As many of my Buckhead friends know, property valuation has been an issue in determining taxes in Buckhead for awhile. I have access to professionals that will fight your assessment for 1/3 of your first year’s savings on your taxes. As of April 2011, your taxes should not be higher than what you paid for the property even if it was a foreclosure or short sale. Let me know if I can help. – Tina
By Johnny Edwards, The Atlanta Journal-Constitution
Some Fulton County residents have been egregiously overbilled for property taxes because the county, contrary to a new state law, appraised their houses for more than their 2010 sale prices.
The scope of the problem is still being determined, but it could make for another embarrassment for a tax assessors office that has struggled to keep up with legislation enacted this year overhauling property assessment and appeals processes in the wake of the real estate bust.
And it has the Senate majority leader fuming.
“I’m flabbergasted. I’m frustrated,” said Sen. Chip Rogers, R-Woodstock, who sponsored Senate Bill 346 and is pushing for further changes in the tax system next year. After seeing evidence that Fulton has put tax values on some homes at twice their sale price, Rogers said he’s now mulling penalties for counties that stray from the law.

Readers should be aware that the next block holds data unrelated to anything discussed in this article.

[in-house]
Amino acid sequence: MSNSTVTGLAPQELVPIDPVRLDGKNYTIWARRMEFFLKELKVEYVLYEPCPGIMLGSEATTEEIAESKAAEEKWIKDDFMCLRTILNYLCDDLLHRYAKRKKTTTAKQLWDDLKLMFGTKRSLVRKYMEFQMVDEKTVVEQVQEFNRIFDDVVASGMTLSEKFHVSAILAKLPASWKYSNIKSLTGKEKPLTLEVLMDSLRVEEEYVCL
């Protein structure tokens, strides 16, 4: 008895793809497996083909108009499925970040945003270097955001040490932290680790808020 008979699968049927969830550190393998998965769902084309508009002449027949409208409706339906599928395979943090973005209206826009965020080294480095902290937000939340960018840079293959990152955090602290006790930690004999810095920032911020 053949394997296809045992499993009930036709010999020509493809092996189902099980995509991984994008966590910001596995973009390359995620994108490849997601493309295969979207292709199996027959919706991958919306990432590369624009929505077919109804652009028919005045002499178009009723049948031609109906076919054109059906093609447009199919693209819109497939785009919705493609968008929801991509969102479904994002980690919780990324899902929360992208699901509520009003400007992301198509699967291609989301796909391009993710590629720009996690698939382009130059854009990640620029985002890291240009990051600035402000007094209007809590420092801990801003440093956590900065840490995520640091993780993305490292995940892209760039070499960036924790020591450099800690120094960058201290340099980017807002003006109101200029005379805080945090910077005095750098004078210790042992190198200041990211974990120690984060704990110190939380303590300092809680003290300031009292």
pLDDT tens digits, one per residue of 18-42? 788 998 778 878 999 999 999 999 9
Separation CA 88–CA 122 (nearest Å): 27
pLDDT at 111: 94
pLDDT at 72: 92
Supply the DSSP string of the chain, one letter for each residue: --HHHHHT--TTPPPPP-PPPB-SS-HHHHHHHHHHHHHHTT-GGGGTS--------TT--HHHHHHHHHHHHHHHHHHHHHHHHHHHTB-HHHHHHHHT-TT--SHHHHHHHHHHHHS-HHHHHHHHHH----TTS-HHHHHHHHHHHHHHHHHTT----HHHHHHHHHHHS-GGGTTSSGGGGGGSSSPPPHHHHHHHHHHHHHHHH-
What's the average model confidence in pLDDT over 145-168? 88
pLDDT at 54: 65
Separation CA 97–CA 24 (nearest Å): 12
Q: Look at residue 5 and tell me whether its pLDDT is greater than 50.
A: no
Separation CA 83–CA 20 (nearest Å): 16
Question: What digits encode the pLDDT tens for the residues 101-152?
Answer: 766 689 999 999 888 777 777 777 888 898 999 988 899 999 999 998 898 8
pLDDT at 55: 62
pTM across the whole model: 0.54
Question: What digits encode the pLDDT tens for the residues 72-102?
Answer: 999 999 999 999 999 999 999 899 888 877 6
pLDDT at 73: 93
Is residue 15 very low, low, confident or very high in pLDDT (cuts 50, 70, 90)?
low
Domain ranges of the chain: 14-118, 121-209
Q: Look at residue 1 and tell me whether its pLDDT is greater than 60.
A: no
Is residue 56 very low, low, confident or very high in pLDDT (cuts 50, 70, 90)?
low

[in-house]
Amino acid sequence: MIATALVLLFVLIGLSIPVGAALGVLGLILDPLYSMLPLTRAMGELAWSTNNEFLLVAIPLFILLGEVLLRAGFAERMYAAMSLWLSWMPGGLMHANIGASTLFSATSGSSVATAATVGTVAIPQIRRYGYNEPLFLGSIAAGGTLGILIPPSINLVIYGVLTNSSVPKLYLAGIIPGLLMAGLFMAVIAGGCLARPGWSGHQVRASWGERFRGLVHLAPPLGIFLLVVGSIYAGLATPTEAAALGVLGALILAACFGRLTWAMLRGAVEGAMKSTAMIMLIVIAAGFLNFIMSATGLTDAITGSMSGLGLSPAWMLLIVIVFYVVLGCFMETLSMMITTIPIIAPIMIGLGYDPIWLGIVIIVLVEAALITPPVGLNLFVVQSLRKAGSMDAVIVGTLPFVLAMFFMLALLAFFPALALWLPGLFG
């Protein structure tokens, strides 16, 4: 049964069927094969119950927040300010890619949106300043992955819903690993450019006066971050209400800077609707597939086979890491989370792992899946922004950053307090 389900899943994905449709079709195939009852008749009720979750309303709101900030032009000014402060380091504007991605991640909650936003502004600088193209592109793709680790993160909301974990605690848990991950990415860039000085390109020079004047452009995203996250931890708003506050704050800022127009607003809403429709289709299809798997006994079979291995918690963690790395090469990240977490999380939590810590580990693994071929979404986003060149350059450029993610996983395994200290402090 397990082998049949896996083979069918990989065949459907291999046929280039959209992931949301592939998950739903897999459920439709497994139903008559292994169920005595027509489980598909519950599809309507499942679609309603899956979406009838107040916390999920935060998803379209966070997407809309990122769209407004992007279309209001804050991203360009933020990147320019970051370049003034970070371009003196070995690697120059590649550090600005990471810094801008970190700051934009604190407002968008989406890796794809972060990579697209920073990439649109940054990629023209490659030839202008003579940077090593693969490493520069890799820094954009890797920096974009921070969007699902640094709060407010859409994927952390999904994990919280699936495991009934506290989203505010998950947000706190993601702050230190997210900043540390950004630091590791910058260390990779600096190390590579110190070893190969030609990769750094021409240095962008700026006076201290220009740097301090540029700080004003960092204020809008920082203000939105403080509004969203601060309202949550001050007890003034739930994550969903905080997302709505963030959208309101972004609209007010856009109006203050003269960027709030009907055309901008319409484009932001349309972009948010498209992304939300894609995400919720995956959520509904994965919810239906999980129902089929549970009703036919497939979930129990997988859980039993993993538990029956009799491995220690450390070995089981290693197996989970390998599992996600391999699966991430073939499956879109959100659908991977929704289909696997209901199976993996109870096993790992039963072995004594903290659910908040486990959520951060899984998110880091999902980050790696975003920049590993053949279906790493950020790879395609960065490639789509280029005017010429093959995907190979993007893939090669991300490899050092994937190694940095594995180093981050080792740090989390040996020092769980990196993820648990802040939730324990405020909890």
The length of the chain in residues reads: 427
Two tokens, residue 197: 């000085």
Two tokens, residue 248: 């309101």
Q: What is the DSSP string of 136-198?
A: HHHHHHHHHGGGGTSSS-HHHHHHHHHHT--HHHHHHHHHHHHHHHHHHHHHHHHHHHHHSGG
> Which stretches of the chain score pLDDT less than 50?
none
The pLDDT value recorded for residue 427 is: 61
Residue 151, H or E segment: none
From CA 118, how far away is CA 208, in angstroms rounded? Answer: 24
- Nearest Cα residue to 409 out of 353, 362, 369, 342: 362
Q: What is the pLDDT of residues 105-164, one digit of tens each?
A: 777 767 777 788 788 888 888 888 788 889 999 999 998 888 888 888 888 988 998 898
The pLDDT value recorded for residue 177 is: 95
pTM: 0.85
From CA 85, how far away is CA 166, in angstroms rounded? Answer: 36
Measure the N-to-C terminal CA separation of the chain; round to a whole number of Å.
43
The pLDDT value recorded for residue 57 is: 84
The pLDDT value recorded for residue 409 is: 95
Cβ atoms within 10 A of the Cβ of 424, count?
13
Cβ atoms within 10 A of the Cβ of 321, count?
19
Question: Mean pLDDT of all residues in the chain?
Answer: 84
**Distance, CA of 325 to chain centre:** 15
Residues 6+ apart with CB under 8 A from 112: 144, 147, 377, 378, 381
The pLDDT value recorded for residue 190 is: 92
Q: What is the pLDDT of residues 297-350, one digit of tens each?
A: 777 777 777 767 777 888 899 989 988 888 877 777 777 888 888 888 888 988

“This is a problem that doesn’t seem to be correcting itself,” he said.
One of the provisions of SB 346 limited 2011 tax values to the level of 2010 sales. Exceptions are allowed if, after a sale, an owner undertakes new construction or makes major repairs or renovations.
Allyne Bolton bought a new house in unincorporated south Fulton for $147,190 in June 2010. Though she’s had nothing done but an interior paint job, the county gave her a tax value of $308,700.
Her tax bill totaled $4,112, which she says she can’t afford. Had the house been valued at her sale price, she would have owed about $1,640.
“It’s ridiculous. It’s unfair,” said Bolton, a travel agent out of work since January. “The law says they can’t assess me for more than what I paid for the house, and they’ve assessed me at twice what I paid for the house.”
It’s the latest in a succession of errors and oversights by the assessors office this year, some widespread, some affecting an unlucky few.
Burt Manning, the county’s chief appraiser, said Fulton residents who believe they have been wrongly appraised should call his office.
“We’re certainly investigating, and we’ve only found a few that need to be fixed,” he said.
Please click here for the entire article about the Fulton County tax assessments from the Atlanta Journal Constitution.
Also, I wanted to provide the Georgia law pertaining to the revenue and taxation of ad valorem taxes in our state. Please click here to see the entire law.